New Jersey couples can enter into an agreement before they marry to set clear boundaries regarding separate and marital property. Prenuptial agreements – or premarital agreements as they are called in New Jersey – can prevent many conflicts in the future if the couple divorces or if one of the spouses dies.
How do premarital agreements work?
Before marriage, a couple can draft a written agreement that addresses a variety of issues regarding marital and separate property and how to handle it in case of divorce or death. This premarital agreement becomes active once the couple marries. Both spouses must sign the agreement. To revoke or change the agreement, both spouses must show agreement in writing.
What can premarital agreements include?
There are several provisions couples can address in a premarital agreement. These include:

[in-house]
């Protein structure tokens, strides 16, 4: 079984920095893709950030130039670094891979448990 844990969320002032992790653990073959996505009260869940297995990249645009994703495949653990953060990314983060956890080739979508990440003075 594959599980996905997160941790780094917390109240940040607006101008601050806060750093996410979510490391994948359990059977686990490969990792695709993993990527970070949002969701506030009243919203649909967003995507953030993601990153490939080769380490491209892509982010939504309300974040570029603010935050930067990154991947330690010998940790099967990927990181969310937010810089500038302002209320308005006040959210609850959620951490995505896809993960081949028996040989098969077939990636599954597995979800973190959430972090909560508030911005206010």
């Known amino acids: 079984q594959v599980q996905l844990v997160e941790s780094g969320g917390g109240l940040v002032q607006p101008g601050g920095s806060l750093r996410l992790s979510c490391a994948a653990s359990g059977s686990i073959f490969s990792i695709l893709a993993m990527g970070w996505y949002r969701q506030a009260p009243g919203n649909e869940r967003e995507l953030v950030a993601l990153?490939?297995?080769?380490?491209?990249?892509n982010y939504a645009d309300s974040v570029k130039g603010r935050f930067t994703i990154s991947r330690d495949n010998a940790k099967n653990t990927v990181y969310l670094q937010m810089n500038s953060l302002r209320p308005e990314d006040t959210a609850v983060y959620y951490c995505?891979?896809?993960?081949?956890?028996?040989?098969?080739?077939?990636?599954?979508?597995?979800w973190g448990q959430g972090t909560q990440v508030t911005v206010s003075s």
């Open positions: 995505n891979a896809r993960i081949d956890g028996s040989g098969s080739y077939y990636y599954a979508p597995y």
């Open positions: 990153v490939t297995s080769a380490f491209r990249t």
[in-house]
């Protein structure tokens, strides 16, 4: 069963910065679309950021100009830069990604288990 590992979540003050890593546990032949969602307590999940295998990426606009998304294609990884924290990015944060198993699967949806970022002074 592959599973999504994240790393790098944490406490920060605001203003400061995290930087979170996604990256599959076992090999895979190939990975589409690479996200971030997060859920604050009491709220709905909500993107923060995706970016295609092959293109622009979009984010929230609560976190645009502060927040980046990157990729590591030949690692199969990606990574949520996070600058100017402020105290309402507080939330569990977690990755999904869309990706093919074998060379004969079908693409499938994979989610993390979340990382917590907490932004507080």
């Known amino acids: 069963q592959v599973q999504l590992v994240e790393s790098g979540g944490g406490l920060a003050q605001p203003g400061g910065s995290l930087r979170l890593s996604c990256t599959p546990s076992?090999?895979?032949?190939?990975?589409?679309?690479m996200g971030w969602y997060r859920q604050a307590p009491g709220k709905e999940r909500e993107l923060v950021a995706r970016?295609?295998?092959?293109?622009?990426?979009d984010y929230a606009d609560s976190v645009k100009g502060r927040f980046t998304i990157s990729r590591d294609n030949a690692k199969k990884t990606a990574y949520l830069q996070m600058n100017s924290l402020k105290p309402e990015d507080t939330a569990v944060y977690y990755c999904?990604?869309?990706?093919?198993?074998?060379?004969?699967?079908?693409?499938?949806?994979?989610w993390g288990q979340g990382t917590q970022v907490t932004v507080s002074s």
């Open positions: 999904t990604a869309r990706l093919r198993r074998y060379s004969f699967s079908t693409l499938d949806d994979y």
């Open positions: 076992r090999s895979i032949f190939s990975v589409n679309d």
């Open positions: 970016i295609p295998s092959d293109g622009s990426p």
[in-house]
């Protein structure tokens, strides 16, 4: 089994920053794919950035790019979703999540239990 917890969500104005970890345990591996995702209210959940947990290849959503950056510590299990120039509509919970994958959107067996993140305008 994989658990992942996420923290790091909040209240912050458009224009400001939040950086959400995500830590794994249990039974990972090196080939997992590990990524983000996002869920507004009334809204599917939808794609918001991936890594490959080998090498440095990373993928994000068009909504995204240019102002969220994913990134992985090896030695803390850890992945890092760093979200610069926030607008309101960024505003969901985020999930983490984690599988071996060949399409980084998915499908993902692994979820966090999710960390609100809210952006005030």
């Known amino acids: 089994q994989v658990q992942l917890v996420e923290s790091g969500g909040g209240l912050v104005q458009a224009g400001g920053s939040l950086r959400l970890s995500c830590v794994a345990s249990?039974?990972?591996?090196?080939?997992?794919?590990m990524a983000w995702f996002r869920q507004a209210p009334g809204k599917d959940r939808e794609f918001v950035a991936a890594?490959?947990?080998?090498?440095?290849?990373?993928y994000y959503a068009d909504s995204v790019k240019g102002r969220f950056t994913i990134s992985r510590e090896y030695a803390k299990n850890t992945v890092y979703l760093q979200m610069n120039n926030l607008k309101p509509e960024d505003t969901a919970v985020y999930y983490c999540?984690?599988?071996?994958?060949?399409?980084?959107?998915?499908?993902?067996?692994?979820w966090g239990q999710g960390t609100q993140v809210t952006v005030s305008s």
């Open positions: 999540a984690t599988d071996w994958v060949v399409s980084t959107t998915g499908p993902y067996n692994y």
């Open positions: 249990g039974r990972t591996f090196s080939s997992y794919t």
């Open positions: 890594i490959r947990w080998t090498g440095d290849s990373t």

• What assets will be considered personal property and what assets will be considered marital property
• What responsibilities and rights each person has over property
• How property will be divided in a divorce
• Who will inherit property in case of death
• How life insurance benefits will be handled in case of death
• How spousal support will be affected
In New Jersey, the rules regarding premarital agreements fall under the Uniform Premarital and Pre-Civil Union Agreement Act. This act also includes the condition that for a premarital agreement to be valid both parties must have entered it freely and that there must have been full disclosure of assets, earnings, and other financial responsibilities from each spouse. As well, premarital agreements cannot have any items that would otherwise negatively affect the right of a child to receive child support from their parents. If one of the spouses can prove that at least one of these conditions was not met, they can seek to have the agreement set aside.